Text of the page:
The number of people displaced, put in danger, or forced from their homes right now is historically unprecedented. In Syria alone, half of the population—that’s 11 million people—have either been displaced or killed. Many people are divided over what to do with refugees, and the issue is undoubtedly complex. President Donald Trump’s recent executive order, “Protecting the Nation from Foreign Terrorist Entry into the United States,” has reignited the debate.
Regardless of your view of this particular executive order, as followers of Christ we have an obligation to minister to refugees, for these individuals are made in God’s image and many are in desperate need of the gospel. God reminds his people in the Old Testament that they too were sojourners in Egypt before he redeemed them. Today we are called “sojourners” (1 Peter 2:11) because we are looking to our promised reward—a better, heavenly country (Hebrews 11:13–16).
The Right Lens
God’s Word should provide the framework for how we think about every issue, including the refugee crisis. Although you won’t find the term “refugee crisis” in Scripture, the three passages listed below provide a good starting point for helping us think through how we should view all people, as well as sojourners and others among us who are vulnerable.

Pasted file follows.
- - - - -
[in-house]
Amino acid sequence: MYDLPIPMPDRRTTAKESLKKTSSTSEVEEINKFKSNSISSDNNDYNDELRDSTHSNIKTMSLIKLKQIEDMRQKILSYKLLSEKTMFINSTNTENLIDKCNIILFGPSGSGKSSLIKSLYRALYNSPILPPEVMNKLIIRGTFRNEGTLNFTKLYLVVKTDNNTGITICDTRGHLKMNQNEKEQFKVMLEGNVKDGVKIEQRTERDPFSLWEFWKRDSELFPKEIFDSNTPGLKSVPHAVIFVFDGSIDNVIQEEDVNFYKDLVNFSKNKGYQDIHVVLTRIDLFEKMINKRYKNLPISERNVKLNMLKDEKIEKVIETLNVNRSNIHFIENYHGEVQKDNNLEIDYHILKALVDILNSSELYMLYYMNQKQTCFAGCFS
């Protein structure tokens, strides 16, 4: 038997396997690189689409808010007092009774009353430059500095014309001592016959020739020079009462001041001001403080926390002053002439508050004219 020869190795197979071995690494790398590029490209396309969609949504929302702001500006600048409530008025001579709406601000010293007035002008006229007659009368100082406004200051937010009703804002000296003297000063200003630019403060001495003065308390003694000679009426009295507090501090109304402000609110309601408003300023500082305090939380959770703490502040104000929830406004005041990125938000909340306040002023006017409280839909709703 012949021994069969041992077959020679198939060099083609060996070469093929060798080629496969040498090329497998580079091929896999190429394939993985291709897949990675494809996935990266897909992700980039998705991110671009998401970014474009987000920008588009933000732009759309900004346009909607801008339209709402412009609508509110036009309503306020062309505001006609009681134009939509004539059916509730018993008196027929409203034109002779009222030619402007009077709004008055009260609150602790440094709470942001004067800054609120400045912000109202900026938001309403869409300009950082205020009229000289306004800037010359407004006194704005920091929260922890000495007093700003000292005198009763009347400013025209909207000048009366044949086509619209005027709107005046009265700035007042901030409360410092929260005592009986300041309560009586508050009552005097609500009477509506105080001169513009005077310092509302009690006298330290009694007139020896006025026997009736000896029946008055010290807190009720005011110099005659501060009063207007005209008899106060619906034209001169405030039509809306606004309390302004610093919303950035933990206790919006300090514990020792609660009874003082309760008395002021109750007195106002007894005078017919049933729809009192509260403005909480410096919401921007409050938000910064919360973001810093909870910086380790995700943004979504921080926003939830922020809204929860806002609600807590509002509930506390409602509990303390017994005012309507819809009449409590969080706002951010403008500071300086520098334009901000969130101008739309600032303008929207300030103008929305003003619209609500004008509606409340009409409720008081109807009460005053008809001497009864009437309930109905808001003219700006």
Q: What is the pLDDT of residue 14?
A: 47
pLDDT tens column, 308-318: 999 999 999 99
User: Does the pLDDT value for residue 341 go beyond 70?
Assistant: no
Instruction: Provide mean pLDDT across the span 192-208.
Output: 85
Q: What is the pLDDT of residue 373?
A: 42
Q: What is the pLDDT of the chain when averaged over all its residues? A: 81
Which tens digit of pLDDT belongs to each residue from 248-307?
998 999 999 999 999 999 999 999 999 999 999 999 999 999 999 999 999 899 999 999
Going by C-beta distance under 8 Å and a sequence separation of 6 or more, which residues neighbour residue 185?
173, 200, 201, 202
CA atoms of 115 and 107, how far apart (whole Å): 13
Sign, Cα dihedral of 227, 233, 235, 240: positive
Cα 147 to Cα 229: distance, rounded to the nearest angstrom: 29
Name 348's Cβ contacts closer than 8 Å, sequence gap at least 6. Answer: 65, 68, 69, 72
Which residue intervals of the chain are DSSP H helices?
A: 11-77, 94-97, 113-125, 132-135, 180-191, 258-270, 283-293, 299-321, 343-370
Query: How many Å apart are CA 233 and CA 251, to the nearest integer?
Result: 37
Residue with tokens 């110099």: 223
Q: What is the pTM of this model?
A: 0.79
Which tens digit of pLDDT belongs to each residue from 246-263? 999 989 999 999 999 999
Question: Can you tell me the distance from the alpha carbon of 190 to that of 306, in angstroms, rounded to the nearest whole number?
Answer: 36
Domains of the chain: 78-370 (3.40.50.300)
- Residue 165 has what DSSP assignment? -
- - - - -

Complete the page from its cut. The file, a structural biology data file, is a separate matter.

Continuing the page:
So God created man in his own image,
in the image of God he created him;
male and female he created them. (Genesis 1:27)
The Lord watches over the sojourners;
he upholds the widow and the fatherless,
but the way of the wicked he brings to ruin. (Psalm 146:9)
Do not rob the poor, because he is poor,
or crush the afflicted at the gate,
for the Lord will plead their cause
and rob of life those who rob them. (Proverbs 22:22–23)
These passages make it clear that, whatever our policy position or political persuasion, followers of Christ should never ignore or mistreat refugees. We must see them as God sees them.
The Right Response
In light of God’s truth and in view of the current refugee crisis, it is only fitting that our first response should be prayer. With that in mind, here are three suggestions to guide your prayer time:
1. Thank God for his kindness toward you in providing for your physical needs and for the ability to gather with other Christians. Pray that your gratitude would result in generosity and compassion toward others.
2. Ask God to provide for the physical needs of refugees around the world. Pray for political leaders to treat refugees justly and with compassion.
3. Pray that churches around the world would have opportunities to share the gospel with refugees.
This article was adapted from the Counter Culture Scripture and Prayer Guide, a supplement to David Platt’s book Counter Culture.